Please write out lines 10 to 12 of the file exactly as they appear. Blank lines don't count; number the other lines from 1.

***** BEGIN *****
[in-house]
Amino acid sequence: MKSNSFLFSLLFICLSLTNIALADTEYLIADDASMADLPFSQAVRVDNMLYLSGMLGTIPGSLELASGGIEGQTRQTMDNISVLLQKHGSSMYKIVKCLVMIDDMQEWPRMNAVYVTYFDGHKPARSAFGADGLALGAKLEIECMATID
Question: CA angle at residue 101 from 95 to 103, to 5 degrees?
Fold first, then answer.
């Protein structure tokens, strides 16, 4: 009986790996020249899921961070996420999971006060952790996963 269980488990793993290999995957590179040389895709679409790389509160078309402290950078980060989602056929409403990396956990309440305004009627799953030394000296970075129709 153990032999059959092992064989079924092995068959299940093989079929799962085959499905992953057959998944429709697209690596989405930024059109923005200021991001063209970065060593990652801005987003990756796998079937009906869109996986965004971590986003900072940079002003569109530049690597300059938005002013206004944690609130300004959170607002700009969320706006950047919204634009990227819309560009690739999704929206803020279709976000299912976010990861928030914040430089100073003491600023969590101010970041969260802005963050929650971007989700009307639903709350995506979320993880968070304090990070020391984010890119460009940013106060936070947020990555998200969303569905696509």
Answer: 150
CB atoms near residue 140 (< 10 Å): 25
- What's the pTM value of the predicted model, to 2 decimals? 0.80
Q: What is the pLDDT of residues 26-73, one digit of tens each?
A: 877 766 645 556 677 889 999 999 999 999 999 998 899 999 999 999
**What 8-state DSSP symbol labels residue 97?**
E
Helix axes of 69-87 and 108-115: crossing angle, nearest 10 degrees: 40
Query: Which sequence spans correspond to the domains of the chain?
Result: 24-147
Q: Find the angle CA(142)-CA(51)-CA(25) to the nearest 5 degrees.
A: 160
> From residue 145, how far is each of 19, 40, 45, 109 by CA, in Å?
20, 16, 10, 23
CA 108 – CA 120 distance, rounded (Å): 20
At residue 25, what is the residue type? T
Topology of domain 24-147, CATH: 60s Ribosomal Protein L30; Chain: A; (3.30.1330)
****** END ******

A: 877 766 645 556 677 889 999 999 999 999 999 998 899 999 999 999
**What 8-state DSSP symbol labels residue 97?**
E